The present study aims to investigate the effect of a trans-disciplinary design of curricula, deemed a powerful tool for teaching and research on complex environmental problems, with a goal to help solve the real problems that climate change has brought to the coastal environment in Taiwan. Three major real-life problems in southern Taiwan—declining mullet fisheries, flooding, and coral bleaching—were integrated into four courses. Adopting a qualitative case study method, the researchers investigated the student perceptions of the trans-disciplinary learning experiences, their attitudes toward marine and coastal environmental protection, and their capability of solving the problems related to marine and coastal environments. The researchers employed various methods to analyze the student reflection reports, student self-evaluation forms, and the tape-recorded class meetings. The findings suggest the following: the trans-disciplinary curriculum stands to be an innovative yet indispensable design for coastal management education; such a curriculum benefits students by equipping them with essential knowledge and skills to succeed in future marine conservation; action learning for marine and coastal sustainability serves as the final goal of trans-disciplinary learning project; a trans-disciplinary case study on the design of curricula provides effective knowledge integration of marine and coastal sustainability. Full article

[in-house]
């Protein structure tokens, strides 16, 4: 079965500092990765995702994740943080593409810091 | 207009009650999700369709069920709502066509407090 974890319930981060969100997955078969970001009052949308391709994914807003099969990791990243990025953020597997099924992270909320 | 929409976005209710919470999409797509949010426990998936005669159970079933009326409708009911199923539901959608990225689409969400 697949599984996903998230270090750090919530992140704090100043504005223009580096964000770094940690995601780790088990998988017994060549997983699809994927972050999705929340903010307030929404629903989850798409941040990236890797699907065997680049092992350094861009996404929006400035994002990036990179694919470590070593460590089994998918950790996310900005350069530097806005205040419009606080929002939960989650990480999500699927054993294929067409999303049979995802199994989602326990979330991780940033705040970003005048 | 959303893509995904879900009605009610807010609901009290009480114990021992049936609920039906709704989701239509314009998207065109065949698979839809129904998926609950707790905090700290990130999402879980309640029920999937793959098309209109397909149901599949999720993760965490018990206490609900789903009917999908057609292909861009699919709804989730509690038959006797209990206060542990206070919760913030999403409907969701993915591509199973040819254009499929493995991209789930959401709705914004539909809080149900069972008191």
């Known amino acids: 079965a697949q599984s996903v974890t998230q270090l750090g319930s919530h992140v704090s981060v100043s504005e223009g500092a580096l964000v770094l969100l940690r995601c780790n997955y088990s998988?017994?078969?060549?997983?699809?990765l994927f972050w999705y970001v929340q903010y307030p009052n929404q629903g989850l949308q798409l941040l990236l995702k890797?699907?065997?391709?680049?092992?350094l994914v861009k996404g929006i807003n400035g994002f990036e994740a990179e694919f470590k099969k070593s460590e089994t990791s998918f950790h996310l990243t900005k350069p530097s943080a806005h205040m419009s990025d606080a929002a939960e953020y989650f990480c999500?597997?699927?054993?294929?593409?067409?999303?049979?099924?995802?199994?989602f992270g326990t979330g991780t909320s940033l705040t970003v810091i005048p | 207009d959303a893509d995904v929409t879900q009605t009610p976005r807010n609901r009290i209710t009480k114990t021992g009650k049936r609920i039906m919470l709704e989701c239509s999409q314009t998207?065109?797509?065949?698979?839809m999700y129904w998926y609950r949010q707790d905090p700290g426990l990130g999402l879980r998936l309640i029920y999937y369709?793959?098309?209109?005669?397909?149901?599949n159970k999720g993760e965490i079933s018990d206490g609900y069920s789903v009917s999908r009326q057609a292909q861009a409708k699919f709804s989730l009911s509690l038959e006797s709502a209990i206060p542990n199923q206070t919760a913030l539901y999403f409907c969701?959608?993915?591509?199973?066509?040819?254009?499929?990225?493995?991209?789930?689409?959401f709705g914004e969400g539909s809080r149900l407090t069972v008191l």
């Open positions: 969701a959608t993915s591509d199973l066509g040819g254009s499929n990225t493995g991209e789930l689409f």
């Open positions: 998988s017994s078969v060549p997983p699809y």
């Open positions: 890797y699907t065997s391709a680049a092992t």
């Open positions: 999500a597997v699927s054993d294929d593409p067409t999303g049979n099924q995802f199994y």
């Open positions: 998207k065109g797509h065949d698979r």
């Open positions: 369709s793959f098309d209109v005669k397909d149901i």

(This article belongs to the Section Sustainable Education and Approaches)
Figures

Figure 1

Open AccessArticle Environmental Performance of Electricity Generation Based on Resources: A Life Cycle Assessment Case Study in Turkey
Sustainability 2016, 8(11), 1097; doi:10.3390/su8111097
Received: 13 July 2016 / Revised: 17 October 2016 / Accepted: 20 October 2016 / Published: 27 October 2016
Cited by 1 | PDF Full-text (1122 KB) | HTML Full-text | XML Full-text | Supplementary Files
Abstract
The aim of this paper was to determine how to change the environmental performance of electricity generation depending on the resources and their shares, in order to support decision-makers. Additionally, this paper presents an application of life cycle assessment (LCA) methodology to determine
[...] Read more.